RECENT EMPIRICAL STUDIES of the demand for money have - applied distributed lag models to specifications of monetary behavior. One such study by Joseph Adekunle 1 focused on the manner in which adaptive expectations affect portfolio behavior. The present paper is a further investigation into the adaptive expectation model of the demand for money.
Two dual exchange rale regimes are compared. Under one, the official market clears through changes in international reserves. Under the other, the central bank implements a rationing scheme so as to keep international reserves constant. The paper discusses the effects on inflation, the balance of payments, the real exchange rate, and the spread between the free and the official exchange rate of various economic policies, including exchange rate policy, fiscal policy, and unification of the exchange markets. It concludes that the steady-state effects for most of those policies are qualitatively the same under both regimes.[JEL F31, F41]
In this paper we examine compensation schemes that prevent a threat of secession by any of a country’s regions. We prove that, under quite general assumptions on the distribution of citizens’ preferences, there exist transfer schemes that are secession-proof. Moreover, we show that these compensation schemes entail a degree of partial equalization among regions: the gap between advantaged regions and disadvantaged regions has to be reduced but it should never be completely eliminated. We demonstrate that in the case of a uniform distribution of the nation’s citizens, the secession-proof conditions generate the 50 percent compensation rule for disadvantaged regions. [JEL D70, H20, H73]
The balance of payments, in its modern sense, may be defined as a system of accounts in which the accounting entity is a country or region and the entries refer to all economic transactions between residents of the country or region and residents of the rest of the world. The term “economic transactions” is used here in a broad sense to include transfers of goods, the rendering of services, and transfers of capital items, whether or not a quid pro quo is given. The quid pro quo may take the form either of payment in money or another capital item (including a promise to pay) or of payment in kind, that is in the form of goods and services. Transactions in which there is a quid pro quo may be described as two-way transactions, and those in which there is not, as one-way transactions. Two-way transactions are recorded by means of equal credit and debit entries to indicate the two sides of the transaction. For one-way transactions, the one side is recorded in the usual way and the double-entry system is preserved by offsetting this entry by a contra-entry under a heading described as “donations” or “unilateral transfers.”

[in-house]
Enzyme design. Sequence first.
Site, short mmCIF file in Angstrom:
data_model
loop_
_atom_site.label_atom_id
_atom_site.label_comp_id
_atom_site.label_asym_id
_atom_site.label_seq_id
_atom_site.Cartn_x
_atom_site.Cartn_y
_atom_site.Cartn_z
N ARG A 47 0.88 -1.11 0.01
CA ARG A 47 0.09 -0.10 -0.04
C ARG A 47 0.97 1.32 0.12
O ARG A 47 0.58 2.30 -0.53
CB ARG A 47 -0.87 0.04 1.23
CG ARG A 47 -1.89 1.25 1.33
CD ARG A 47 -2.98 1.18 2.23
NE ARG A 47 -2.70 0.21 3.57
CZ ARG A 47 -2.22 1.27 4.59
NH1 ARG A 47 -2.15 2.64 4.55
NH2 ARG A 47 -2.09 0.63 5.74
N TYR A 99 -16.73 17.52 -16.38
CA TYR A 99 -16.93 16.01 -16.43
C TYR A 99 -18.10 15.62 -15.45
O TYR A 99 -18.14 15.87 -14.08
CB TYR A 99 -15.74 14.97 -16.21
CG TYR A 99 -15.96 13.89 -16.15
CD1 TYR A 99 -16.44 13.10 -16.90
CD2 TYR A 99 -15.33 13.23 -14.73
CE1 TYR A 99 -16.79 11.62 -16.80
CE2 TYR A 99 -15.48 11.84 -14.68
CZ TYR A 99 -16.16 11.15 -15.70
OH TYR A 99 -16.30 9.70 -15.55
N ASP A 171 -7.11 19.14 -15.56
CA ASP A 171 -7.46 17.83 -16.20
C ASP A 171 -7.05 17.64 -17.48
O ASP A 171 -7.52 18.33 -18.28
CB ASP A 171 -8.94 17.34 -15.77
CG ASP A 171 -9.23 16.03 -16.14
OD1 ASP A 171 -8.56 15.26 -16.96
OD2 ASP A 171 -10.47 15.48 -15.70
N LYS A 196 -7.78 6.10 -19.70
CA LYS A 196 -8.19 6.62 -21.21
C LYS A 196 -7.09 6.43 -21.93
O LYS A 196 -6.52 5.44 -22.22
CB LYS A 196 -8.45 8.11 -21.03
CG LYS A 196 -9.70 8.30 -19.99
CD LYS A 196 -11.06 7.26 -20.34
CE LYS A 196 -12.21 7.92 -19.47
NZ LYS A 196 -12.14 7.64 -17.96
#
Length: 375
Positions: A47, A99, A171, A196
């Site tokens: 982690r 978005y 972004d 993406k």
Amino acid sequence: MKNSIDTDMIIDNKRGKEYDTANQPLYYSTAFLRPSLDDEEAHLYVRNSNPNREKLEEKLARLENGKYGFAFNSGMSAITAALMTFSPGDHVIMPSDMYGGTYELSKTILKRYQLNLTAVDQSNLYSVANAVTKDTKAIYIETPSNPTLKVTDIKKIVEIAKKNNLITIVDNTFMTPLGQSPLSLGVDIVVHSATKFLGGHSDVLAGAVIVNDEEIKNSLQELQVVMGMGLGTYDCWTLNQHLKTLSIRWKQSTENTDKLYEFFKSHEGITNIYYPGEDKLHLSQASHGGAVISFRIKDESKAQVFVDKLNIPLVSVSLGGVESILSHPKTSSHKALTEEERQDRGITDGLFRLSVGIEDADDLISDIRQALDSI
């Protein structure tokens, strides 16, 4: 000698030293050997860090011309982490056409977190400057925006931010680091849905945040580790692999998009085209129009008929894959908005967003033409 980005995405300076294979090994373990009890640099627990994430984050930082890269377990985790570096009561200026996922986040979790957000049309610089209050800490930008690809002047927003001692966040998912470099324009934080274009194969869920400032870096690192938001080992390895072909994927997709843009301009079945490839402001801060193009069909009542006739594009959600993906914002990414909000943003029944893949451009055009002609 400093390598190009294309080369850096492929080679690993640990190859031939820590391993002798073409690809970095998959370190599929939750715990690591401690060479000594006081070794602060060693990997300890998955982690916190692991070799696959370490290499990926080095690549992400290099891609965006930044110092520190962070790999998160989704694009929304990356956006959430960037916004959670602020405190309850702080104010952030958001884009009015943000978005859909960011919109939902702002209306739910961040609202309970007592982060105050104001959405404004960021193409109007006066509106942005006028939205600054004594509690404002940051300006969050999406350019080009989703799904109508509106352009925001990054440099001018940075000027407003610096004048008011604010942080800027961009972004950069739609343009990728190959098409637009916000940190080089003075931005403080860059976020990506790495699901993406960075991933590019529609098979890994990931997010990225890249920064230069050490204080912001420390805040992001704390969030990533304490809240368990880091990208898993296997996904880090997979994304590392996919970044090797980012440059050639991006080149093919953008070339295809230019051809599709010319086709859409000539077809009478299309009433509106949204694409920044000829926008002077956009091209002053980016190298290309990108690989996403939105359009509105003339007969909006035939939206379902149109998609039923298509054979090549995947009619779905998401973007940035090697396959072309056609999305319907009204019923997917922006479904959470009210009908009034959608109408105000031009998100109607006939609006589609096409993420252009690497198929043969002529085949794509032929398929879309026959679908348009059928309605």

Maria Soledad Martinez Peria, Andrew Powell, and Ivanna Vladkova-Hollar
The significant rise in foreign bank claims observed during the 1990s, following their steep decline during the 1980s debt crisis, reignited interest in understanding the behavior of these flows. This paper analyzes changes in foreign bank claims on the Latin American private sector over the period 1985–2000. We find that banks transmit shocks from their home countries (where banks' headquarters are located) and that changes in claims on individual host countries (those that receive claims) are correlated with aggregate changes in claims on other countries. However, over time, we observe that foreign bank claims have become less responsive to external factors. Also, we present evidence that the sensitivity of foreign bank claims to host factors diminishes, as banks' aggregate exposure rises. Finally, we find that foreign bank claims react more to positive than to negative host shocks and are not significantly curtailed during crises.